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I'm solving a knapsack problem in Haskell using Dynamic Programing. My first attempt was to build a two-dimensional table. But the memory easily gets blown up when the input is large(e.g. a 100 * 3190802 table).

Knowing that any given row i only depends on the row (i - 1), I instead write a function in the hope to take the advantage of tail recursion:

import Data.Vector (Vector, (!))
import qualified Data.Vector as V

-- n items, k capacity, vs values, ws weights
ans:: Int -> Int -> Vector Int -> Vector Int -> Int
ans n k vs ws =
    let row = initRow k vs ws
    in  row ! k

initRow :: Int -> Vector Int -> Vector Int -> Vector Int
initRow k vs ws = itbl 1 $ V.replicate (k + 1) 0
    where n = V.length vs
          itbl i row
             | i > n = row
             | otherwise = itbl (i + 1) $ V.generate (k + 1) gen
             where gen w =
                       let w_i = ws ! (i - 1)
                           no_i = row ! w
                           ok_i = row ! (w - w_i) + (vs ! (i - 1))
                       in
                           if w < w_i then no_i
                           else max no_i ok_i

As shown in the code, itbl calls itself recursively and no further computation is made on its return value. However, I still see memory grow relentlessly in top:

 VIRT   PID USER      PR  NI  RES  SHR S  %CPU %MEM    TIME+  COMMAND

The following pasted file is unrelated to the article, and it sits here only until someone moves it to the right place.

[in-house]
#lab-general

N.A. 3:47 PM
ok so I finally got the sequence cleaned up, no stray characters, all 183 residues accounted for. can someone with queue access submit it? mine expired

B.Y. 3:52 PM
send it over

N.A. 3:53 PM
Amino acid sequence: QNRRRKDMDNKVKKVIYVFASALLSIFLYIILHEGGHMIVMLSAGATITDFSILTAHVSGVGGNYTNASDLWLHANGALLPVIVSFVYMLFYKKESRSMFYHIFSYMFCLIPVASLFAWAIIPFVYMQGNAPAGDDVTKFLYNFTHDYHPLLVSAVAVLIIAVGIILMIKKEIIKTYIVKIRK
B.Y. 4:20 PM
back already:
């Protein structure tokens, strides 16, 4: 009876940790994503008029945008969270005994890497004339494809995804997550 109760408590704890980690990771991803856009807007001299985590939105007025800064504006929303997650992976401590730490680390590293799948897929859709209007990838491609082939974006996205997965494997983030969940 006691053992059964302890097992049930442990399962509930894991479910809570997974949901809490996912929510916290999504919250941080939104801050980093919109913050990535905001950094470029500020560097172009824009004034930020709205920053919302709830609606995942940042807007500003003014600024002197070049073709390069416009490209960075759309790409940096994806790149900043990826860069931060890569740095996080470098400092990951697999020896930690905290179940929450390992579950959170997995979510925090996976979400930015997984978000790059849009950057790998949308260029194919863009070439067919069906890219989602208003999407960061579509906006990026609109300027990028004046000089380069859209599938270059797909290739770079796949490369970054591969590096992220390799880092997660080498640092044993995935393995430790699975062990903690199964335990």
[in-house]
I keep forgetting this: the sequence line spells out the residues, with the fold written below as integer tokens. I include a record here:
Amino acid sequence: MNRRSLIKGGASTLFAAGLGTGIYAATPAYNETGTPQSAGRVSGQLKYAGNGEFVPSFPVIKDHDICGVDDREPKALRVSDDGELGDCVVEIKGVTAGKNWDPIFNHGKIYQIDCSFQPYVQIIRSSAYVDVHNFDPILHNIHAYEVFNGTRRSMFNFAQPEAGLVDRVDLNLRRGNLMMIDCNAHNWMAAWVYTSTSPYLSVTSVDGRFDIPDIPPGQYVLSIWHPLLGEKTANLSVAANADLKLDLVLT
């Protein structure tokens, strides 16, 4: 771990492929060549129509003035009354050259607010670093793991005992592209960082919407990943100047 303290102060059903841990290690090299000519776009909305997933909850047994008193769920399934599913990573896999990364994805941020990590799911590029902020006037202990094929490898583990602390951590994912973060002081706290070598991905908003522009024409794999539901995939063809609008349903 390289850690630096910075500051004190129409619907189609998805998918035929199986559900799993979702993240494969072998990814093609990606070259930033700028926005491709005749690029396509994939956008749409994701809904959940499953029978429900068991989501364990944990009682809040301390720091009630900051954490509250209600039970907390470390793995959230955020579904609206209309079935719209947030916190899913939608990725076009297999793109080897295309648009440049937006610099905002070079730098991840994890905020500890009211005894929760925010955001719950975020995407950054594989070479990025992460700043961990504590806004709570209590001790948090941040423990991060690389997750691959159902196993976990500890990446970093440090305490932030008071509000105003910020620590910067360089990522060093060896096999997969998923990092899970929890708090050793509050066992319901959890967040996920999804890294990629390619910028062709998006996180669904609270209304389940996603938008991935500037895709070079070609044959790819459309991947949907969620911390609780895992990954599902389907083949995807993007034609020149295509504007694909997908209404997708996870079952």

1214m  9878 root      20   0 424m 1028 S  40.8 85.6   0:16.80 ghc

Is there anything in the code that prevents the compiler to produce optimized code for tail recursion?

code data

--

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1  
Out of curiosity, try to remove the $ operator from the itbl (i + 1) $ V.generate (k + 1) gen call so that it looks like so: itbl (i + 1) (V.generate (k + 1) gen). My guess is that the $ makes the call not be tail recursive. –  Marius Danila Jun 27 '13 at 14:57
    
Thanks you. But removing $ doesn't seem to help. The memory usage still keeps growing. –  cfchou Jun 27 '13 at 15:11
3  
I'd guess this is a problem with laziness. Being tail recursive isn't enough (nor always desirable) in a lazy language. –  augustss Jun 27 '13 at 15:29
    
Try replacing the $ by $!. –  augustss Jun 27 '13 at 15:30
    
Thank you all for pointing the right way. Yes, it's about strictness. –  cfchou Jun 27 '13 at 15:47
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1 Answer 1

up vote 20 down vote accepted

This is a strictness problem. The call to generate in

             | otherwise = itbl (i + 1) $ V.generate (k + 1) gen

does not actually force the vector into memory.

You can either import Control.DeepSeq and replace $ by deeply strict application $!!:

             | otherwise = itbl (i + 1) $!! V.generate (k + 1) gen

or you can use an unboxed vector (which is probably faster) instead, by changing the import statements to

import Data.Vector.Unboxed (Vector, (!))
import qualified Data.Vector.Unboxed as V

(and leaving everything else as in your original program).

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Thank you, this indeed solves my problem! –  cfchou Jun 27 '13 at 15:46
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